Tuesday, December 26, 2017

Why does Indonesia seem to prefer foreign aid from China?


By Pierre van der Eng, ANU
When Australia reduced its foreign aid to Indonesia by 40 per cent in 2015, Indonesia’s Foreign Ministry responded that ‘Indonesia … is no longer a country that needs aid for development’. At face value, this seems to be the case. Data released by the OECD’s Development Assistance Committee (DAC) in October 2017 shows that net foreign aid to Indonesia from DAC member countries and from multilateral aid agencies like the World Bank has decreased and even turned negative in some years.
Foreign aid peaked at US$2.5 billion in 2005 after the 2004 Aceh tsunami. Since then, it decreased to negative US$483 million in 2014 and negative US$43 million in 2015. Indonesia continues to receive aid from traditional donors such as the United States, Japan and Australia, but its repayments of concessional loans from DAC countries have started to exceed new aid commitments from these countries.
Foreign aid was a key feature of Indonesia’s economic development during 1967–2003. Together with public revenues from oil and gas exports, it was one of the planks that sustained public expenditure and economic recovery in the face of the woes of the Sukarno regime in the early and mid-1960s.
Indonesia’s parliament passed legislation in 2003 and 2004 that required a reduction in foreign aid to a maximum of 3 per cent of the annual budget. Its purpose was to limit both dependence on foreign aid and the influence of foreign aid donors on Indonesia’s development policies. In 2007 the Indonesian government ended the Consultative Group on Indonesia, which was the international group of aid donors that had previously coordinated foreign aid to the country.
Increasing aid-related debt repayments meant that Indonesia’s concessionary interest rate debt decreased from US$62 billion in December 2011 to US$48 billion in June 2014, according to Bank Indonesia. Yet by September 2017, foreign debt has increased again to US$51 billion. What happened?
The answer is that Indonesia has accepted increasing amounts of foreign aid from non-DAC countries. In order for the Indonesian government to take advantage of non-DAC foreign aid (especially from China) while staying within the legal 3 per cent maximum contribution of foreign aid to Indonesia’s public budget, foreign aid from DAC countries apparently had to decrease to less than Indonesia’s repayments to DAC countries.
It has long remained unclear how much aid Indonesia received from China. China is not a DAC member and does not report to the DAC. Nor does it report on the foreign aid that it as grants or concessional loans. In October 2017, AidData, an institution associated with College of William and Mary in the United States, published a new database on China’s foreign aid 2000–14. It is based on public information, such as project announcements, press releases and press reports.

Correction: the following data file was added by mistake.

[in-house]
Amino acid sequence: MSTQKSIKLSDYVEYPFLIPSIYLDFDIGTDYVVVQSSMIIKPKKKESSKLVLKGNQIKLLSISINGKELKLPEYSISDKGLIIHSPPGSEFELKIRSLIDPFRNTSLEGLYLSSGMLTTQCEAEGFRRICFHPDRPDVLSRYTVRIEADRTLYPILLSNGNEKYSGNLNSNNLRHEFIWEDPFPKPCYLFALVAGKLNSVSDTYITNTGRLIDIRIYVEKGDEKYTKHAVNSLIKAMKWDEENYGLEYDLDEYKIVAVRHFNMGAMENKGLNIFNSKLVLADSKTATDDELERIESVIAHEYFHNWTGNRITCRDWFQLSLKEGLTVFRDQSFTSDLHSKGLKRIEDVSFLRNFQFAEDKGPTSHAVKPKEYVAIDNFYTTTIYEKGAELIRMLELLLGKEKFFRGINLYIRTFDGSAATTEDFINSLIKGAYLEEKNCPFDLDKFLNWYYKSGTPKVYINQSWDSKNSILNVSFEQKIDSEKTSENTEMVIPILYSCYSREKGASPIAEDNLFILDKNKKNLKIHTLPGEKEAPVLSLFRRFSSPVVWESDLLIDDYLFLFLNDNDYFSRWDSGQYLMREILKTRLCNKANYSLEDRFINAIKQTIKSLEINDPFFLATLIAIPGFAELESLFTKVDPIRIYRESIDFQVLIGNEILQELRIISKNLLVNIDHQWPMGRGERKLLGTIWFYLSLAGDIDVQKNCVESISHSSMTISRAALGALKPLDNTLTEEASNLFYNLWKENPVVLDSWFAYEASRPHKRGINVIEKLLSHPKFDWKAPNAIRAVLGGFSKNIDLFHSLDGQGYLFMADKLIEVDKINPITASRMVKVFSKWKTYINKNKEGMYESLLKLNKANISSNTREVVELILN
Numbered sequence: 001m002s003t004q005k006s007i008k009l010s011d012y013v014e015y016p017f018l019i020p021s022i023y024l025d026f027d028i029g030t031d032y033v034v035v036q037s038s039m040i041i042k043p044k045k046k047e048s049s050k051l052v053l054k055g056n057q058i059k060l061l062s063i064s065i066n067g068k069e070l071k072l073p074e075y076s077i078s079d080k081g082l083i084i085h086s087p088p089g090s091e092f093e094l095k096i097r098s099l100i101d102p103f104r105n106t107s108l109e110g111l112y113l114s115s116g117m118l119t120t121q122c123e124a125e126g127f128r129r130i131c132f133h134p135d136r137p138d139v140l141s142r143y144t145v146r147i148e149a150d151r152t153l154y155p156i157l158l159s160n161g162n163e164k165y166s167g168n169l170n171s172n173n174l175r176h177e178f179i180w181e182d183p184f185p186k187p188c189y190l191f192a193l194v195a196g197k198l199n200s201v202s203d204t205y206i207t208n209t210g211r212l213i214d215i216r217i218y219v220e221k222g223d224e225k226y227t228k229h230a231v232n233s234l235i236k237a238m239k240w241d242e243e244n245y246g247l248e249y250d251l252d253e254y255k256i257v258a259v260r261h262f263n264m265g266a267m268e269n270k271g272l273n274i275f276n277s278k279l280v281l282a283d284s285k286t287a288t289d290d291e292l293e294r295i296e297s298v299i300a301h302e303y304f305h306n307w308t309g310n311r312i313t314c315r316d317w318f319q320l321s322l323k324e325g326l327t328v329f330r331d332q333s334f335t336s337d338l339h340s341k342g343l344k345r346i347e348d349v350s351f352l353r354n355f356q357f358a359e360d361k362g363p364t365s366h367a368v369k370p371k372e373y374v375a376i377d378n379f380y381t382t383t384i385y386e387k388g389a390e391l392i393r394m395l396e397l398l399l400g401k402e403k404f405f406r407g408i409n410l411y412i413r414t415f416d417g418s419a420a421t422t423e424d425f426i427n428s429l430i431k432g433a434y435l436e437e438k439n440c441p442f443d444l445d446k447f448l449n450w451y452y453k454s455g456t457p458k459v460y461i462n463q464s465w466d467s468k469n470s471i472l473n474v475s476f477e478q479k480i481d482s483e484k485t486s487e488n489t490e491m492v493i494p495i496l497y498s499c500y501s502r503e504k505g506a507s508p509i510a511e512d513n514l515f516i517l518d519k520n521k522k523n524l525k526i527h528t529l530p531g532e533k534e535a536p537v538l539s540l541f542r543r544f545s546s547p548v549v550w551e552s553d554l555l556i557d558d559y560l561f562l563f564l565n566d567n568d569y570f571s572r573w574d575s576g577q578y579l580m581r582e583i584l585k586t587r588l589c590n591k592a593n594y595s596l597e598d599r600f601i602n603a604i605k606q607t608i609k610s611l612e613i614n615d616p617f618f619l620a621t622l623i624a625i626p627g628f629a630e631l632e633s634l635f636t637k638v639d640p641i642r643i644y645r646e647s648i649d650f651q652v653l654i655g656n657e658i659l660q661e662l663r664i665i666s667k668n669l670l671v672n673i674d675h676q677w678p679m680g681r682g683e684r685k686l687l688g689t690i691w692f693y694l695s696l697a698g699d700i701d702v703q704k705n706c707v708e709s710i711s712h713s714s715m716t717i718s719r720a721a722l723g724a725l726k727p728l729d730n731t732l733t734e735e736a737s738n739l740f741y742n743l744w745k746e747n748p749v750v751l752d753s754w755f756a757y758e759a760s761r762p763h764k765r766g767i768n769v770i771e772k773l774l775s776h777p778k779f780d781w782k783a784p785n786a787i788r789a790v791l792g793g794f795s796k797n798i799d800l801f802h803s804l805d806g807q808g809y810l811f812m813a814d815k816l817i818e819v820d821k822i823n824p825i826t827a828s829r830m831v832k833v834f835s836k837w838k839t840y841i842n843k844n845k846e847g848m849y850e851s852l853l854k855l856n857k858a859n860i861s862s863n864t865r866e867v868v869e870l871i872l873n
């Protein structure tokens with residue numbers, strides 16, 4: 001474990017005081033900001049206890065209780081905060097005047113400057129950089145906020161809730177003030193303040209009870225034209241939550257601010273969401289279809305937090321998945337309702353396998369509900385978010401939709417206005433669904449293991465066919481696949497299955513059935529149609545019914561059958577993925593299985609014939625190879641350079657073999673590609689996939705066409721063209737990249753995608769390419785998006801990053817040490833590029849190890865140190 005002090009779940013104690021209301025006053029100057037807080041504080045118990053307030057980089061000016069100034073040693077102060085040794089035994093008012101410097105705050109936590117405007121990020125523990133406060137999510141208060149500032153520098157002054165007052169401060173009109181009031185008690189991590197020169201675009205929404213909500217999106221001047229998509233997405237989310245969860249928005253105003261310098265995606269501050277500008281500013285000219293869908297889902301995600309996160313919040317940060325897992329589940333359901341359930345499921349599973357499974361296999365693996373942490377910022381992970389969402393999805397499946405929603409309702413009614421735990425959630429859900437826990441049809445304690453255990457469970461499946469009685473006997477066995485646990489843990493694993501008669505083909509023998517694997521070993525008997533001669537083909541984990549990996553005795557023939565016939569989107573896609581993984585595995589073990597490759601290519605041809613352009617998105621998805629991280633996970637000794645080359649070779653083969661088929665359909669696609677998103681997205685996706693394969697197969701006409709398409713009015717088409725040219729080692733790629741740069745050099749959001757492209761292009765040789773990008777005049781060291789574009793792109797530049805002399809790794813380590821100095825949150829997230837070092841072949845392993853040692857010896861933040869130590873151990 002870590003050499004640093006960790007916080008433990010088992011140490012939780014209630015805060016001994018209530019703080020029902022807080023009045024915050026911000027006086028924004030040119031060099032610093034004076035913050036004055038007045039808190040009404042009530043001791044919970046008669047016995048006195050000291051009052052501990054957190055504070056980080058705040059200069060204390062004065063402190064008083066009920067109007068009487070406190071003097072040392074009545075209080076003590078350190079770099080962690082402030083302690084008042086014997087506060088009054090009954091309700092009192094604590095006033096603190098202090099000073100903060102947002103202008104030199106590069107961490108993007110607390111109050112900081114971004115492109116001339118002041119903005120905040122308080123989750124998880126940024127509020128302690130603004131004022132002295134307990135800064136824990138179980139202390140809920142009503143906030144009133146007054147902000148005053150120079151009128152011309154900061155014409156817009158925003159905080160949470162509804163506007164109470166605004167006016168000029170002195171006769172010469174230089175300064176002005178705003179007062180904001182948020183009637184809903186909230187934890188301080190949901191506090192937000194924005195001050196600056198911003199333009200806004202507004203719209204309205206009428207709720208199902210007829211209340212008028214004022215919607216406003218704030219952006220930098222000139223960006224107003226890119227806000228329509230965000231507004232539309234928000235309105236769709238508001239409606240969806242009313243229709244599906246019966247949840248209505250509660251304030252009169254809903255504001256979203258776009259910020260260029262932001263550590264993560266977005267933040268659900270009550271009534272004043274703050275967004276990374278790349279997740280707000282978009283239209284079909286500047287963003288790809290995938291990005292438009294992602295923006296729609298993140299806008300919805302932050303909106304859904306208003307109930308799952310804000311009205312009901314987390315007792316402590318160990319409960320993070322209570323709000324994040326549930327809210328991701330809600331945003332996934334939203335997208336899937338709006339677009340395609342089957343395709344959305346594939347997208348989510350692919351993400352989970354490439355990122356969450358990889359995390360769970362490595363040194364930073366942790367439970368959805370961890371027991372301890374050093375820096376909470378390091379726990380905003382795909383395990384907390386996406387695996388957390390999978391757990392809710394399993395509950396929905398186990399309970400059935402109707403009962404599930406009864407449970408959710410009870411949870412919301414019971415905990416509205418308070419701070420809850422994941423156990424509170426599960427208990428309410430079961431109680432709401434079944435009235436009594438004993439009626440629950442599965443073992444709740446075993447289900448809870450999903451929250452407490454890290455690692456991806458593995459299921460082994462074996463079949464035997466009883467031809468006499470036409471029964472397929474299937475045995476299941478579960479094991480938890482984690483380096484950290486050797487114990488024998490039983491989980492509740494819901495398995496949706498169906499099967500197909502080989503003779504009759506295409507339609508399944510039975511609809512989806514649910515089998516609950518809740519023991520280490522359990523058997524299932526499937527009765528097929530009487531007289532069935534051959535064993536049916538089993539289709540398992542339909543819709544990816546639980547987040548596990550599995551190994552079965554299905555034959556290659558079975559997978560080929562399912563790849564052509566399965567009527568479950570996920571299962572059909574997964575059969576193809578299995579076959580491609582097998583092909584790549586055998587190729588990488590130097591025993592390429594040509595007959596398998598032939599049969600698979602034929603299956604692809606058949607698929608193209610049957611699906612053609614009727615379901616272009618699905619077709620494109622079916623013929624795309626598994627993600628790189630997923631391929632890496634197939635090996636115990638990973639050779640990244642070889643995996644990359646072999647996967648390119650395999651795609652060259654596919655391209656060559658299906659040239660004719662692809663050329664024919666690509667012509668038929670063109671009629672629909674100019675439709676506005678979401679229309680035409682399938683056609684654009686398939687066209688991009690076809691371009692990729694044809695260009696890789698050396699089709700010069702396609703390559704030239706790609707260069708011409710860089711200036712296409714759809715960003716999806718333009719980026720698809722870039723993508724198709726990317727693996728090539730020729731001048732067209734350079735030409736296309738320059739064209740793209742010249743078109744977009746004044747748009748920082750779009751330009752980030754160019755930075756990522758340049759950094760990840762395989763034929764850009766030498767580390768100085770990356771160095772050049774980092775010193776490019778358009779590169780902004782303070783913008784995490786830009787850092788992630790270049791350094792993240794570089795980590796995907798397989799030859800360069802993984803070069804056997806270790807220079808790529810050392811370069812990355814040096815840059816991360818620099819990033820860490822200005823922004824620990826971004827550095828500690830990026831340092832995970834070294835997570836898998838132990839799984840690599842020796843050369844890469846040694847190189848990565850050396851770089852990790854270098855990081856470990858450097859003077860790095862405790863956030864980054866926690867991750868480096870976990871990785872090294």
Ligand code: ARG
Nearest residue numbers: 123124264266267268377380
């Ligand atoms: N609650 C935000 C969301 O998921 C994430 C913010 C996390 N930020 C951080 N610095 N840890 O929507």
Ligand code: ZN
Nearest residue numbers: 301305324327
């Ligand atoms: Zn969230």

The definition of aid projects and programs in this database includes grants and concessional loans with low interest, long grace periods until first repayments are due and/or long repayment terms. Most arrive in recipient countries as concessional loans provided by China’s state-owned banks such as the Exim Bank of China, not as government-to-government grants.
Indonesia is not the largest recipient of Chinese aid. It received just 2.4 per cent of total Chinese aid during 2000–14. Still, this amounted to US$17 billion for 86 projects, or an average of US$2.5 billion in aid per year. This was about half of the total turnover generated by Chinese firms from completed contracted projects in Indonesia in 2015, according to the Statistical Yearbook of China.
China’s concessional loans help to explain why Indonesia’s foreign debt increased during 2015 and 2016, despite the government’s intention to reduce its dependence on foreign aid. What makes China’s foreign aid preferable to foreign aid from DAC countries?
At first glance, China’s aid to Indonesia does not seem very different from bilateral DAC aid and multilateral aid, which also largely consists of concessional loans. Where Chinese foreign aid differs is in its overwhelming direction towards infrastructure development projects. By contrast, DAC countries and multilateral agencies also assist Indonesia to achieve its Millennium Development Goals with aid projects ranging from poverty alleviation to education and from capacity building in Indonesia’s public services to strengthening civil society.
This emphasis on infrastructure development is in line with what many consider to be China’s core competencies in aid delivery. In recent decades, Chinese companies have honed their experience through the rapid completion of major infrastructure projects. China’s aid to Indonesia has financed bridges, roads, power plants and a limited number of railway projects — all designed and constructed by Chinese firms. The only exceptions have been a slum project financed through the Asian Infrastructure Investment Bank, the establishment of Confucius Institutes at seven universities in Indonesia as well as scholarships for Indonesian students to study in China.
Alleviating Indonesia’s significant infrastructure deficit is certainly one of Jakarta’s key development priorities. But Indonesia could now face the dilemma of whether it can continue to limit the influence of aid donors on its development policies when the delivery of bilateral foreign aid for infrastructure depends increasingly on a single provider.
Pierre van der Eng is Associate Professor in International Business, The Australian National University.

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